If you are unable to maintain full time, substantial employment due to a disability then you should be receiving disability benefits from the Social Security Administration. It’s getting these benefits that can sometimes be a long difficult process. Obtaining disability benefits can take years and many people are unaware that an initial denial is not the end of the road. That they should appeal.
Every year millions of people file initial applications for disability benefits. Approximately 74% percent of those initial applications are denied. This does not mean that those people are not entitled to disability benefits. Many denials at the initial stage occur because of technical issues with the application that could be easily fixed through the appeal process and with the assistance of any attorney.
Unfortunately, less than half of those whose initial applications are denied, appeal the denial and move on to the reconsideration stage. Once you receive a denial you have 60 days to appeal the decision. Appealing does not cost any money and it sends your application to the state Disability Determination Services (“DDS”) for review. This is a second chance for your application to be approved and DDS will look at any new medical records you may have before they make a decision. If you have an attorney representing you, your attorney will even file the appeal for you.
If you are denied at the reconsideration stage, don’t stop there. Again, you have 60 days to appeal and at this stage, you can ask for an Administrative Law Judge (“ALJ”) with the Office of Disability Adjudication and Review (“ODAR”) to review your application. Your attorney will do the appeal for you and will gather all of your medical records. Those medical records will be sent to the Judge and are essential to getting your application approved. You will then have a hearing before the ALJ and with the assistance of your attorney you will be able to illustrate to the ALJ how your disability prevents you from working. It’s at this stage that many people are approved and receive their disability benefits.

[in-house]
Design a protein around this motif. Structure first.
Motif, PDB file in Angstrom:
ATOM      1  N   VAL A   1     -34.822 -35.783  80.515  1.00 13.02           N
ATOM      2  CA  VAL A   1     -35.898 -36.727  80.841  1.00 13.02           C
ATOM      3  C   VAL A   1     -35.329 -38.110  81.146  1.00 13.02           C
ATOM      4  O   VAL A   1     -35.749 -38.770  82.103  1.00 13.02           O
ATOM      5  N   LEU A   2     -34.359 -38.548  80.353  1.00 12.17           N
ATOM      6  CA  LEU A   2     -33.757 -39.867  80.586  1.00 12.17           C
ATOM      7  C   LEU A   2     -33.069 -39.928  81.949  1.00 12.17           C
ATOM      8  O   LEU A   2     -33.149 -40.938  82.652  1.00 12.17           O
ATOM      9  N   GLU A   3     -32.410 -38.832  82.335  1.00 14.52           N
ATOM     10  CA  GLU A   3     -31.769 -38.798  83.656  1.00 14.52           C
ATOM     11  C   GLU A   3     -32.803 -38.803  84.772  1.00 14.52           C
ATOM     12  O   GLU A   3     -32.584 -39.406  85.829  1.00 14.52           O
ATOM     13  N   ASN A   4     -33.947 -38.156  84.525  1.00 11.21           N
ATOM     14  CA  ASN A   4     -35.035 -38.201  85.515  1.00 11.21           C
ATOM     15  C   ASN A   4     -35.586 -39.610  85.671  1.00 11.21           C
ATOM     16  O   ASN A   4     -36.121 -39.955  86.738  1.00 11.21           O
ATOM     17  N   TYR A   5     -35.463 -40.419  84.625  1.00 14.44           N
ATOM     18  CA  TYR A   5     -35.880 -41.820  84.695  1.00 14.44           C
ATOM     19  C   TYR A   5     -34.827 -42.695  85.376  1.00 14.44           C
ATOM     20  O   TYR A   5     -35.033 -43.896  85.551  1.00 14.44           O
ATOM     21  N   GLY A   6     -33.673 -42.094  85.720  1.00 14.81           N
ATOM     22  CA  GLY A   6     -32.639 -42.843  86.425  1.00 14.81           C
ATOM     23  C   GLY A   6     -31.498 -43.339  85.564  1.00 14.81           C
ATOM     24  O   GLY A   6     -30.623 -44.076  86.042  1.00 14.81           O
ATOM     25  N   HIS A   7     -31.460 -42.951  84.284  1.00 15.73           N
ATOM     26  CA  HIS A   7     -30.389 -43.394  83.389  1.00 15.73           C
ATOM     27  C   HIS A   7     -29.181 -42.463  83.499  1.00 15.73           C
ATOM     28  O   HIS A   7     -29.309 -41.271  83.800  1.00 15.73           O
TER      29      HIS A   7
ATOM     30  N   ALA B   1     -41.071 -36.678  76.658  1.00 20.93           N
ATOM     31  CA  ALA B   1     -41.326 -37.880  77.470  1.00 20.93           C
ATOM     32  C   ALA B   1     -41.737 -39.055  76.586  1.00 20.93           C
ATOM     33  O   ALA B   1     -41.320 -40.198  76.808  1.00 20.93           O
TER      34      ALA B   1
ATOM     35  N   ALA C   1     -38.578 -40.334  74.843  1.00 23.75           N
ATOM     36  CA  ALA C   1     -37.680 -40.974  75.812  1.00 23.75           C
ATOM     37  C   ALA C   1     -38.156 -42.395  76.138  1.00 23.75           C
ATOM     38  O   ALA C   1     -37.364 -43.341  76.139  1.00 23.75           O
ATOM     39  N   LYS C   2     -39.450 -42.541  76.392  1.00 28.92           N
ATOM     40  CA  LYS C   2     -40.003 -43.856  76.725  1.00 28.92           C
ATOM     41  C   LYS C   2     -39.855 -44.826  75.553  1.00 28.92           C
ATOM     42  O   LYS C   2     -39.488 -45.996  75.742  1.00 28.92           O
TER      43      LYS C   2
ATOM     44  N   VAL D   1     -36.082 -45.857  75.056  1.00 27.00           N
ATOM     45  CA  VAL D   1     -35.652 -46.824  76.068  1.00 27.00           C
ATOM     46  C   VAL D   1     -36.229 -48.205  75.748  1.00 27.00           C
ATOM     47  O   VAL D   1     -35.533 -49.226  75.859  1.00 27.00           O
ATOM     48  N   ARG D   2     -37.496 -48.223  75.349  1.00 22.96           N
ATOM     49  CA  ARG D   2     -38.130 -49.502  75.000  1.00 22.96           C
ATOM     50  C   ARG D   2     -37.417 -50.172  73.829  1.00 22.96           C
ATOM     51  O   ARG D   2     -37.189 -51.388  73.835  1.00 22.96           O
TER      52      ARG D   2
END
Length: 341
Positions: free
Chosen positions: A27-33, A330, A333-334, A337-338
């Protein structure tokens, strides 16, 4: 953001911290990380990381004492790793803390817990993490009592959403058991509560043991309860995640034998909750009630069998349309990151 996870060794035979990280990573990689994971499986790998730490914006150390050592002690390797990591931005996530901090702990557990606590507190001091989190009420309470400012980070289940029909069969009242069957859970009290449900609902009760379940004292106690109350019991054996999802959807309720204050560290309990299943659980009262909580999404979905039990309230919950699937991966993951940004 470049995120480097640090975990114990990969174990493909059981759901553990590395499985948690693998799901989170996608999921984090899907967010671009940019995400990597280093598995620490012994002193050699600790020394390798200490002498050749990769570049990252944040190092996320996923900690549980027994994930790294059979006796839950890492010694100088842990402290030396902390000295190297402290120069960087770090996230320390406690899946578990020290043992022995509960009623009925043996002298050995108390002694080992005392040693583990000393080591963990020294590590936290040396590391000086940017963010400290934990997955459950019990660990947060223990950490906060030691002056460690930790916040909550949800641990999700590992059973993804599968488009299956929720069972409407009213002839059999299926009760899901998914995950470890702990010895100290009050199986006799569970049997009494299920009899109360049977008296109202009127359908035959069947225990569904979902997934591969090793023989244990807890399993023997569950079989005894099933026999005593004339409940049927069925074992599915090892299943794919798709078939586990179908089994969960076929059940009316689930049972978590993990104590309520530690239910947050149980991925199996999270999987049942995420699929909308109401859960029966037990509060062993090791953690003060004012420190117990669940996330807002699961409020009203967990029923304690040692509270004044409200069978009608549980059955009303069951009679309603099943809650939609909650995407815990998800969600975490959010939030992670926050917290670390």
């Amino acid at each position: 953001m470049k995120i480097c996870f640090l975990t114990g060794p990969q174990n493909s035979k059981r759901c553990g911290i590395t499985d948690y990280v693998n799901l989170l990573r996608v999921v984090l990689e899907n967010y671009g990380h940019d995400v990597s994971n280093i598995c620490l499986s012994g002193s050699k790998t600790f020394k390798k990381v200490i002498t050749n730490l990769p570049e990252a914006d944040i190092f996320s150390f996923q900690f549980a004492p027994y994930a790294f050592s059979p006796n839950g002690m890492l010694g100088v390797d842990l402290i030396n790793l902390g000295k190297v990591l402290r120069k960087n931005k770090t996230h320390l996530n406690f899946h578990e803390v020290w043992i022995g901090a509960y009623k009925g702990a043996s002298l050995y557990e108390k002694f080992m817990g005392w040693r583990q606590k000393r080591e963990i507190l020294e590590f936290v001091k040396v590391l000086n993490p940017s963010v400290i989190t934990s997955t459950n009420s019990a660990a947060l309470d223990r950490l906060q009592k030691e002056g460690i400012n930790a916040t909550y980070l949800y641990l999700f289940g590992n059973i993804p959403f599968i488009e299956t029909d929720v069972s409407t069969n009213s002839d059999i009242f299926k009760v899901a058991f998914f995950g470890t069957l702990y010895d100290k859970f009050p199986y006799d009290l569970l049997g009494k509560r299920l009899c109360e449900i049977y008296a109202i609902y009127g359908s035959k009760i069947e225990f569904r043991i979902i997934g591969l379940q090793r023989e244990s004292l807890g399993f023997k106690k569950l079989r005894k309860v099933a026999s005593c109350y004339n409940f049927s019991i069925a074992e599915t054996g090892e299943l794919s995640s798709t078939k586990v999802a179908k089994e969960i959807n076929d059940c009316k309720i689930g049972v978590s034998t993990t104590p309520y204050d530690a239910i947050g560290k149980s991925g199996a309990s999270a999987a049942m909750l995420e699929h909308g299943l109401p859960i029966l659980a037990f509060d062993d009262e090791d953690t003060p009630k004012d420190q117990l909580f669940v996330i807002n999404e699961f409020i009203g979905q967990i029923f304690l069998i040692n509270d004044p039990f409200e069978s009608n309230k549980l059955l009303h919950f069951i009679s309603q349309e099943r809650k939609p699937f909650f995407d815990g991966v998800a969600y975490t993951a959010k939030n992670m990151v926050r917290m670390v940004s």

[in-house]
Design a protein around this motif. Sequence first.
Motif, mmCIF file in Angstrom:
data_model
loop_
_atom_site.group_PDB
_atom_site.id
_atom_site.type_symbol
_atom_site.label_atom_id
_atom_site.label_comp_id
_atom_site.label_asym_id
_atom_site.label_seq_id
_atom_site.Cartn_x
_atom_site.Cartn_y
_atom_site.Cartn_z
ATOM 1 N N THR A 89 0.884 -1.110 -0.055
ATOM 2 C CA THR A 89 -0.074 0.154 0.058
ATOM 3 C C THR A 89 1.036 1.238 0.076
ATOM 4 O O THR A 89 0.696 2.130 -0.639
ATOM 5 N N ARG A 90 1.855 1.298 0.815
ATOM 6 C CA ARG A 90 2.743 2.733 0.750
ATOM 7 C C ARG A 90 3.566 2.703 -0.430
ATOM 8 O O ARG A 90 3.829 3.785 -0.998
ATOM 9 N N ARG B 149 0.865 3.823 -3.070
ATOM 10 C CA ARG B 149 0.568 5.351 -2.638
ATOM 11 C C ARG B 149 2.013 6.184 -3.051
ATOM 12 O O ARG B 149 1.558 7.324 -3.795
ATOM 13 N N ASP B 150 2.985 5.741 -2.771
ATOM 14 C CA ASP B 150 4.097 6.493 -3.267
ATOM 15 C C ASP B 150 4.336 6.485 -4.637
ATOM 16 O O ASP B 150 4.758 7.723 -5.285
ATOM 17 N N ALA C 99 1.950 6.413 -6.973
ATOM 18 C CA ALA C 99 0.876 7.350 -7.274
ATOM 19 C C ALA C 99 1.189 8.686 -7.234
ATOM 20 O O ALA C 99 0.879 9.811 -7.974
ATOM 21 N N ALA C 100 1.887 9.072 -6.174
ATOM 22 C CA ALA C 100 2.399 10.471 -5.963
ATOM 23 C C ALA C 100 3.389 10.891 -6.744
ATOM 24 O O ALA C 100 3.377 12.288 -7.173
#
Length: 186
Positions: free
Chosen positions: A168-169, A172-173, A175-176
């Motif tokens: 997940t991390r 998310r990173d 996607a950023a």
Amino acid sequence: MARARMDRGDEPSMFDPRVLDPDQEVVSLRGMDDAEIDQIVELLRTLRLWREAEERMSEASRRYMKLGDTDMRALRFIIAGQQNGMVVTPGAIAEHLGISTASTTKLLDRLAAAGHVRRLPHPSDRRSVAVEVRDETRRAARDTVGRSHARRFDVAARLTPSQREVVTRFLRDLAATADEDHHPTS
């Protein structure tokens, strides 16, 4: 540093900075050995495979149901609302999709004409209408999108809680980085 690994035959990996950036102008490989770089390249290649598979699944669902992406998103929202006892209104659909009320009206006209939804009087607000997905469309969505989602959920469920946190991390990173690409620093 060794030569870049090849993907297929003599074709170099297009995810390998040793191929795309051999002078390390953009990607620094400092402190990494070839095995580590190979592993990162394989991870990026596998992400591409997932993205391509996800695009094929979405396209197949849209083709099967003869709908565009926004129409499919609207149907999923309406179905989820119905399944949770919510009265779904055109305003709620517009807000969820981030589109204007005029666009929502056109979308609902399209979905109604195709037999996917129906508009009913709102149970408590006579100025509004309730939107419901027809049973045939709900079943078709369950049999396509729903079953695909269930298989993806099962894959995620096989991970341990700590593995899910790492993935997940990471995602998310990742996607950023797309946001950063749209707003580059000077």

If your application is denied by the ALJ you can still appeal to the Appeals Council and even on to Federal Court. It is definitely worth discussing with your attorney whether your application is one that should be appealed further. Many people are approved at the Federal Court level.
If your disability prevents you from working and you have been denied disability benefits, contact an attorney at 423-434-4700 for help appealing your case, it is absolutely worth it to receive the benefits you are entitled to.